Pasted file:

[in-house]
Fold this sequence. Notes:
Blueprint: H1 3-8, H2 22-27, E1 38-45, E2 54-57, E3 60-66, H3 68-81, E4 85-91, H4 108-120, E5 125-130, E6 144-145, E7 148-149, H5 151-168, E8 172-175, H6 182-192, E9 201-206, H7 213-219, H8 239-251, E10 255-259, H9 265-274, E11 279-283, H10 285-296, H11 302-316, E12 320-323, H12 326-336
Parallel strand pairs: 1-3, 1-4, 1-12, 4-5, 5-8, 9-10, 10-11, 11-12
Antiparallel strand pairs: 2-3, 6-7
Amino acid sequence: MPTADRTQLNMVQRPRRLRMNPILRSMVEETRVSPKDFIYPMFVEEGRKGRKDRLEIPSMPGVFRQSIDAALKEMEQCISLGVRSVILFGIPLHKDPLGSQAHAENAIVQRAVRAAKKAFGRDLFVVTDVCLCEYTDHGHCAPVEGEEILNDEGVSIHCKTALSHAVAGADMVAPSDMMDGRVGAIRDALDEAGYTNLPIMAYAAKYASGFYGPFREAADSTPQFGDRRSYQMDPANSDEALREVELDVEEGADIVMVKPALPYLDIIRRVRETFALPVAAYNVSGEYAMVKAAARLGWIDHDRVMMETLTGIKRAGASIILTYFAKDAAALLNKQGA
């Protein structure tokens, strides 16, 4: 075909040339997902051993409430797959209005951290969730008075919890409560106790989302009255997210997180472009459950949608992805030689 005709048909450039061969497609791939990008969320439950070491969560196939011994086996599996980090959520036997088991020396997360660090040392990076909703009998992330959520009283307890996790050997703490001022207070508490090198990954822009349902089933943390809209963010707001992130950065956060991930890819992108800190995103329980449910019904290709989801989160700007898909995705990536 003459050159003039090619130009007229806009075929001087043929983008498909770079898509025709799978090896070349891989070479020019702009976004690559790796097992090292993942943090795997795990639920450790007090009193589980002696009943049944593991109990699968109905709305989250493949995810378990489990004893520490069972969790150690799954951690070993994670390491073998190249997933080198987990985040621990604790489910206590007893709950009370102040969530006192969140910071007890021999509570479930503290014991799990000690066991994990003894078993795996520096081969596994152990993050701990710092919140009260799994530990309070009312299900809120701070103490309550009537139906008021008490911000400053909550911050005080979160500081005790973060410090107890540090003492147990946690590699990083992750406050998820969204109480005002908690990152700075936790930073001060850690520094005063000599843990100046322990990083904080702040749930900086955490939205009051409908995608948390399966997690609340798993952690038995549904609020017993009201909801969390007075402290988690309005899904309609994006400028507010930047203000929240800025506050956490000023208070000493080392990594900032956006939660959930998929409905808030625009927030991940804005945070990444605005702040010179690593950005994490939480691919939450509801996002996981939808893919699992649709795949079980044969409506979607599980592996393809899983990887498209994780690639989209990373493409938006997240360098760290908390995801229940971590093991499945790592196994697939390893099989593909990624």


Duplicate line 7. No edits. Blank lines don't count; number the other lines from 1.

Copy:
């Protein structure tokens, strides 16, 4: 075909040339997902051993409430797959209005951290969730008075919890409560106790989302009255997210997180472009459950949608992805030689 005709048909450039061969497609791939990008969320439950070491969560196939011994086996599996980090959520036997088991020396997360660090040392990076909703009998992330959520009283307890996790050997703490001022207070508490090198990954822009349902089933943390809209963010707001992130950065956060991930890819992108800190995103329980449910019904290709989801989160700007898909995705990536 003459050159003039090619130009007229806009075929001087043929983008498909770079898509025709799978090896070349891989070479020019702009976004690559790796097992090292993942943090795997795990639920450790007090009193589980002696009943049944593991109990699968109905709305989250493949995810378990489990004893520490069972969790150690799954951690070993994670390491073998190249997933080198987990985040621990604790489910206590007893709950009370102040969530006192969140910071007890021999509570479930503290014991799990000690066991994990003894078993795996520096081969596994152990993050701990710092919140009260799994530990309070009312299900809120701070103490309550009537139906008021008490911000400053909550911050005080979160500081005790973060410090107890540090003492147990946690590699990083992750406050998820969204109480005002908690990152700075936790930073001060850690520094005063000599843990100046322990990083904080702040749930900086955490939205009051409908995608948390399966997690609340798993952690038995549904609020017993009201909801969390007075402290988690309005899904309609994006400028507010930047203000929240800025506050956490000023208070000493080392990594900032956006939660959930998929409905808030625009927030991940804005945070990444605005702040010179690593950005994490939480691919939450509801996002996981939808893919699992649709795949079980044969409506979607599980592996393809899983990887498209994780690639989209990373493409938006997240360098760290908390995801229940971590093991499945790592196994697939390893099989593909990624």